Processing Speed as a Predictor of Psychological Resilience: Preliminary Results from the PRONIA Study
Poster B29, Tuesday, October 9, 11:30 am - 1:00 pm, Essex Ballroom
Alexandra Stainton1, Katharine Chisholm1, Rachel Upthegrove1, Stephen J. Wood1,2,3, PRONIA Consortium4; 1Institute for Mental Health, School of Psychology, University of Birmingham, United Kingdom, 2Orygen, The National Centre of Excellence in Youth Mental Health, Melbourne, Australia, 3Centre for Youth Mental Health, University of Melbourne, Australia, 4EU Consortium
The study of resilience has attempted to identify factors which make an individual more likely to have better long-term outcomes despite risk for mental illness. Previous research has identified psychological factors which may be associated with resilience. Moving forwards, it is essential that researchers investigate multimodal protective factors which could be incorporated into new interventions. This study investigated the relationship between neurocognition and psychological resilience using data from the PRONIA study. 684 participants aged 15-40 (mean 24.62) completed a comprehensive neurocognitive test battery and the Resilience Scale for Adults (RSA). The sample included individuals with first-episode Psychosis (N=144), first-episode depression (N=141), ultra-high risk for psychosis (N=134), and healthy controls (N=265). Multiple regression analysed the prediction of RSA total score using the neurocognitive test scores. The final model significantly predicted RSA total score, explaining 4.1% of the variance in these scores, F(1,518)=23.19, p<0.001. Performance on the Digit-Symbol Substitution Test, a measure of processing speed, significantly predicted RSA total (β=5.6, p<.001). In this study processing speed had a small, but significant relationship with psychological resilience. Resilience is a dynamic process, by which individuals utilise assets and resources to their benefit. Processing speed may support mechanisms such as social skills and reasoning which allow an individual to function well despite adversity or risk. The results should be interpreted in the context of the study’s limitations, including the cross-sectional design and reliance on self-report measures of resilience. Future research should examine resilience longitudinally, identifying further multimodal protective factors involved in this process.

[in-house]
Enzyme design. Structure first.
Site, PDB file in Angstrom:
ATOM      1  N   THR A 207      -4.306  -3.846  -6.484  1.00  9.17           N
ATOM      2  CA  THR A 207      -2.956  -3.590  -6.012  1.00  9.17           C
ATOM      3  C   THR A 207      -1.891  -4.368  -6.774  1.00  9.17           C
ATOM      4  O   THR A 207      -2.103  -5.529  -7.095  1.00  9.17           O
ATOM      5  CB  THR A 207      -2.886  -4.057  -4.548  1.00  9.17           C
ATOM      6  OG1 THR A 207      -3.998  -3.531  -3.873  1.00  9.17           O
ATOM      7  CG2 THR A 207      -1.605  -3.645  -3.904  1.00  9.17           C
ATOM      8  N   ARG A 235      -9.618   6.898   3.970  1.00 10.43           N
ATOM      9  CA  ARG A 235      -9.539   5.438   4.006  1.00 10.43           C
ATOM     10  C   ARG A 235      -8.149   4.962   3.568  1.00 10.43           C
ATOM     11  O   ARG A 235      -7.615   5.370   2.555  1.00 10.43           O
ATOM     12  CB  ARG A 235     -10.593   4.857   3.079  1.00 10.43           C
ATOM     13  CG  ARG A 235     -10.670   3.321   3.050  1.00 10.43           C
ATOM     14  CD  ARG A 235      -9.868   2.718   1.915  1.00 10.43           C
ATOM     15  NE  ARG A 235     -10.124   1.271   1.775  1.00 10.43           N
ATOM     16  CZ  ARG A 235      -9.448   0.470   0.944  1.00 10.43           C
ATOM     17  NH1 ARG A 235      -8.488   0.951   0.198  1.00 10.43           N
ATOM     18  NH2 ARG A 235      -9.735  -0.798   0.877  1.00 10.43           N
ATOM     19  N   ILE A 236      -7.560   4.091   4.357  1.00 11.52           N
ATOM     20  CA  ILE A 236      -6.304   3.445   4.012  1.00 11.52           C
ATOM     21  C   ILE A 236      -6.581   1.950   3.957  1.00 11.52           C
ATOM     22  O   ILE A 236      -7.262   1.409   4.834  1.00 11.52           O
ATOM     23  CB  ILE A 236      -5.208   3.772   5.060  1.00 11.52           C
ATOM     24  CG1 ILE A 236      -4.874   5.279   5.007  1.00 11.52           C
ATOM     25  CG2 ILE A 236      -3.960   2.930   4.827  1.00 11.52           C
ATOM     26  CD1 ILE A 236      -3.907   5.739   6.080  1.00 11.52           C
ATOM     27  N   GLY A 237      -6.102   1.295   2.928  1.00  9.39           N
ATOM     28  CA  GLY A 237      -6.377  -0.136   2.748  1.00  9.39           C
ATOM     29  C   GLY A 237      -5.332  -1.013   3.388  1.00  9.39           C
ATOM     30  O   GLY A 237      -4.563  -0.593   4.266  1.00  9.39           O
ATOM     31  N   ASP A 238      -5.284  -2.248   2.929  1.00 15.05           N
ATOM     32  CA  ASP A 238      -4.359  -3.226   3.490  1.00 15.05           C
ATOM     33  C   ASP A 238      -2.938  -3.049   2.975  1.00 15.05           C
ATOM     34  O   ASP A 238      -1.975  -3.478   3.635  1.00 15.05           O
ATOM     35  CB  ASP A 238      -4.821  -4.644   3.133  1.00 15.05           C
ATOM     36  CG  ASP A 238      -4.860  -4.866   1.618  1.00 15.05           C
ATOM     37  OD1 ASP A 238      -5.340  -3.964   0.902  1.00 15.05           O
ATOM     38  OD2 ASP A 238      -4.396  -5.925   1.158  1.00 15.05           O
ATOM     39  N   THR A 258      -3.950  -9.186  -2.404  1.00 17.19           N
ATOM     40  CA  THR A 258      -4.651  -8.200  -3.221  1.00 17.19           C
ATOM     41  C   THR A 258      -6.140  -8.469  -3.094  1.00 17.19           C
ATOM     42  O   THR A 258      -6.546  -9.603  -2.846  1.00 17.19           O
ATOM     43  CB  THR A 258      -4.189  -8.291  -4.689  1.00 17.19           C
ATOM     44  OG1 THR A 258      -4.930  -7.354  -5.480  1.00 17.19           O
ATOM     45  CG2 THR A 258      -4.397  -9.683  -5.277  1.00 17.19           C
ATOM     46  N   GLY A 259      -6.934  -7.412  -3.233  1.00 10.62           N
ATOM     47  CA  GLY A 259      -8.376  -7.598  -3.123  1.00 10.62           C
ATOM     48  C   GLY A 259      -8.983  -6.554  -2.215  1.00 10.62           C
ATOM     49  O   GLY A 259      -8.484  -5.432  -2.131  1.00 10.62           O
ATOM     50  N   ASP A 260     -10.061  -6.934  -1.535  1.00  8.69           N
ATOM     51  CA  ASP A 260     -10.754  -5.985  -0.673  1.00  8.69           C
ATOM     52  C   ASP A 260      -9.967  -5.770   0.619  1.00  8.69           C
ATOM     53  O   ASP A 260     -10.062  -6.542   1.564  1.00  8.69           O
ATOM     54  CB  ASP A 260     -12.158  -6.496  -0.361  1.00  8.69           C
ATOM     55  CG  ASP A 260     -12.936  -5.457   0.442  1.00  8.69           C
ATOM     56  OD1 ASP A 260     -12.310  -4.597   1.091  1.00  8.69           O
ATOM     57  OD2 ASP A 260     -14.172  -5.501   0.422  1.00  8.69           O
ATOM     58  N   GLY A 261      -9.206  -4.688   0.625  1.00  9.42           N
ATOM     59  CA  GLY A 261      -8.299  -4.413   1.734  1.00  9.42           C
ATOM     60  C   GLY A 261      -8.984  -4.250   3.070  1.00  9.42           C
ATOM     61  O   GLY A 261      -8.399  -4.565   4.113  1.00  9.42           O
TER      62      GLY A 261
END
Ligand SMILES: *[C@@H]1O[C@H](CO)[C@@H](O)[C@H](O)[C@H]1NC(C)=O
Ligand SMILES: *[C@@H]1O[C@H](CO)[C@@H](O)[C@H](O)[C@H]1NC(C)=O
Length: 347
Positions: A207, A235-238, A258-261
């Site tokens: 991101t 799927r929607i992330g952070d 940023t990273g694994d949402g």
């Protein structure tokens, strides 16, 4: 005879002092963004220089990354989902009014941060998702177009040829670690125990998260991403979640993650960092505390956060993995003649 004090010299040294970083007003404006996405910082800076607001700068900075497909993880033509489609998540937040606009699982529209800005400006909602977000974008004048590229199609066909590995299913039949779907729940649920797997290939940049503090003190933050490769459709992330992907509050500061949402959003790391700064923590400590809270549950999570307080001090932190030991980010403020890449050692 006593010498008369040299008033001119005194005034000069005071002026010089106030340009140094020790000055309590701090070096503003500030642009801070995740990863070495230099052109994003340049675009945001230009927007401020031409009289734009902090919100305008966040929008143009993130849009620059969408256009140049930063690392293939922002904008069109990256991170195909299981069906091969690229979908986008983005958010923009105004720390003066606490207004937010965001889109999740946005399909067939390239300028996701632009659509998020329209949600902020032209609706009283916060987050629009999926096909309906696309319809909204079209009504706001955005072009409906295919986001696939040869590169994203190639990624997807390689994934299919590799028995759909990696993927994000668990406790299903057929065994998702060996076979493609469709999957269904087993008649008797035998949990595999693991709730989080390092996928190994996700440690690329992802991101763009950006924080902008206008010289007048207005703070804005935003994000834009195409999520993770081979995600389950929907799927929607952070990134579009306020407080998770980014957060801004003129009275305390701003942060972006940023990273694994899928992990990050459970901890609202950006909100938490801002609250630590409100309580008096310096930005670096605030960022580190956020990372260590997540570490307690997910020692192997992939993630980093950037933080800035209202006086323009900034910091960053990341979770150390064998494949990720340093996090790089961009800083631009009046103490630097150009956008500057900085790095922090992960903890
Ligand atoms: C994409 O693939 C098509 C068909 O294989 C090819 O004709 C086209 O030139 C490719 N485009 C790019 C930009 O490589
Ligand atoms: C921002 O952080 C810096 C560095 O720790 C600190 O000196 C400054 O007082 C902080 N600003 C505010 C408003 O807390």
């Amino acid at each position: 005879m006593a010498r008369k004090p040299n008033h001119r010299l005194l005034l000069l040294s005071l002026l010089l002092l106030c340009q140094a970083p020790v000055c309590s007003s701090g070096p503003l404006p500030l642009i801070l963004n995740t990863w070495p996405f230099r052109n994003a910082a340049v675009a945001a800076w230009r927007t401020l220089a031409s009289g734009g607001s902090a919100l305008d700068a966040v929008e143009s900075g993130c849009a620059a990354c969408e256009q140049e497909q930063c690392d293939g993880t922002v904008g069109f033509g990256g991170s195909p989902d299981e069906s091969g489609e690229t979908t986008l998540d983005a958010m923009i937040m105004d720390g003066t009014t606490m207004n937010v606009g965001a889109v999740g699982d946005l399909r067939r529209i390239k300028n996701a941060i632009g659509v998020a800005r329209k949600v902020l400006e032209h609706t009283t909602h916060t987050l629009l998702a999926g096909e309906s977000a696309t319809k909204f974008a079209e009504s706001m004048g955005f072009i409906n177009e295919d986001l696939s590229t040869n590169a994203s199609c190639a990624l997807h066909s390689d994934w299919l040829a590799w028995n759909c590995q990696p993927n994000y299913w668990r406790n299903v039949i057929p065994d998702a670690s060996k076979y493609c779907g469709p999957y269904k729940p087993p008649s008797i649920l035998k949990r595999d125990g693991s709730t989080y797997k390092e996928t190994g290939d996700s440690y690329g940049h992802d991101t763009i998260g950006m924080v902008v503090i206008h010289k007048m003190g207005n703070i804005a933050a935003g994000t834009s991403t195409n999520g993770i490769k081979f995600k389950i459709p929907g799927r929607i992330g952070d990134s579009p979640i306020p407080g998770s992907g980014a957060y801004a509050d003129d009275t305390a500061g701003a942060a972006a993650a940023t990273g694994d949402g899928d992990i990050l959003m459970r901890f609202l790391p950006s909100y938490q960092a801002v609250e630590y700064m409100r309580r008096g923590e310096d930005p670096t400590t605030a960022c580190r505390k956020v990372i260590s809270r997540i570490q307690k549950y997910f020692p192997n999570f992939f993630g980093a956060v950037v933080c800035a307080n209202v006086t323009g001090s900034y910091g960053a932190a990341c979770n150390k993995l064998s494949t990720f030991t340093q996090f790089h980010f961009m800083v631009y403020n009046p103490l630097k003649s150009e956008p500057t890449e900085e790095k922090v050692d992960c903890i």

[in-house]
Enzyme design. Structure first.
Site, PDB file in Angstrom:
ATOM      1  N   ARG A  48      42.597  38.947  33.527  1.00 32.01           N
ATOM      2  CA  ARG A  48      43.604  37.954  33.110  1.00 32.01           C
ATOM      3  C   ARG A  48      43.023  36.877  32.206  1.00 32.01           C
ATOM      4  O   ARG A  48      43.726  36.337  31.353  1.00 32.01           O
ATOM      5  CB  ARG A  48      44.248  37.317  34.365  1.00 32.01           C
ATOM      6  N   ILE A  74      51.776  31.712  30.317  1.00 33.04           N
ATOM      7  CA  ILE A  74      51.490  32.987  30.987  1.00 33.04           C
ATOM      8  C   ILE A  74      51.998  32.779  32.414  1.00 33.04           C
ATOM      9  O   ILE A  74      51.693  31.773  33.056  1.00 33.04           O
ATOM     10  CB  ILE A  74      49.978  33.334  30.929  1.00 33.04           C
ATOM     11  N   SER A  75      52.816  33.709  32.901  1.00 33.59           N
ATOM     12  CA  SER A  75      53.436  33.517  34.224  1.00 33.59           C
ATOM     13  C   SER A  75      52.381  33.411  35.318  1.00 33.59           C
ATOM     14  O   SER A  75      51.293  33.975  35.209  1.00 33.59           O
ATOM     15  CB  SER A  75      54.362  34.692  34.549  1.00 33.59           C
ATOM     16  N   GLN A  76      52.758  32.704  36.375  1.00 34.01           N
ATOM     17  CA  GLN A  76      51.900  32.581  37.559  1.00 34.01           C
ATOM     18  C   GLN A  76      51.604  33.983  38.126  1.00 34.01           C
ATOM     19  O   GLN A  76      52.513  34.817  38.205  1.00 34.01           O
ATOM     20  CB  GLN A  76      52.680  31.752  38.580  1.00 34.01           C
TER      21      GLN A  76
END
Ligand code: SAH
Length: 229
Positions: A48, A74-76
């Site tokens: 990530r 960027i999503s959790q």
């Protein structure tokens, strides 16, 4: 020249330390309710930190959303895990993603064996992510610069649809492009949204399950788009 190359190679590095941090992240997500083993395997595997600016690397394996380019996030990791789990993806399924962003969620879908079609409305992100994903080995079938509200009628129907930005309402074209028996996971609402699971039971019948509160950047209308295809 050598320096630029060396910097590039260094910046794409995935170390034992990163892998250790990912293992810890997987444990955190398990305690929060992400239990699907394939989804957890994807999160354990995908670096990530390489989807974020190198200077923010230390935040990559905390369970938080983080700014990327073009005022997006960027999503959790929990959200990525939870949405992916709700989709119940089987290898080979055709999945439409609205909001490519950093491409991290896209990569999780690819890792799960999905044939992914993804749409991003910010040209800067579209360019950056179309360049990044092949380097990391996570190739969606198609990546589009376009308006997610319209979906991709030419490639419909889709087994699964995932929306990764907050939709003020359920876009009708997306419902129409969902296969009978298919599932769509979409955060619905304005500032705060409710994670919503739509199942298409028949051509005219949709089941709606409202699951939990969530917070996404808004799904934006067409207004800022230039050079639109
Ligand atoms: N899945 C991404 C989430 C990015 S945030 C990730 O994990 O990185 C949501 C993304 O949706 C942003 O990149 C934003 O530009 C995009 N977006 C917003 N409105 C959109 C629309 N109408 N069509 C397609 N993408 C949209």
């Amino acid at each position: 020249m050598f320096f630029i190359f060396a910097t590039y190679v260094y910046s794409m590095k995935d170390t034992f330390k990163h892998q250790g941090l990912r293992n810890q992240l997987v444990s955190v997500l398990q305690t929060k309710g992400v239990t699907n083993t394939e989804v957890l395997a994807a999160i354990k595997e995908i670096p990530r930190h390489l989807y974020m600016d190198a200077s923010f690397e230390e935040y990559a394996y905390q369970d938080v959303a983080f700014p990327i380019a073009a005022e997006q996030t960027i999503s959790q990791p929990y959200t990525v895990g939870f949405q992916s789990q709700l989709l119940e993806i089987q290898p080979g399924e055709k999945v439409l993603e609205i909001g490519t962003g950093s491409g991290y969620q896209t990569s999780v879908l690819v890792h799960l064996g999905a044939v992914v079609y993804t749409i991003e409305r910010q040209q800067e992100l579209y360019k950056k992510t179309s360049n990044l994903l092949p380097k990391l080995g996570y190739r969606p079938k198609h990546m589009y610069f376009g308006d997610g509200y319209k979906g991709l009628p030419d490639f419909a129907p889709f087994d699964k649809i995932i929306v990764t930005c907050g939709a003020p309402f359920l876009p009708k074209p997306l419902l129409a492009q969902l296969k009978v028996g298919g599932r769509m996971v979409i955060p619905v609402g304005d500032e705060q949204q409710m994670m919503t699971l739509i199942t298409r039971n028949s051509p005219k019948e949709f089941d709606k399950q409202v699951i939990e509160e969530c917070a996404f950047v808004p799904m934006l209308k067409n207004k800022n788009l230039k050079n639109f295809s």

Topic Area: Neurocognition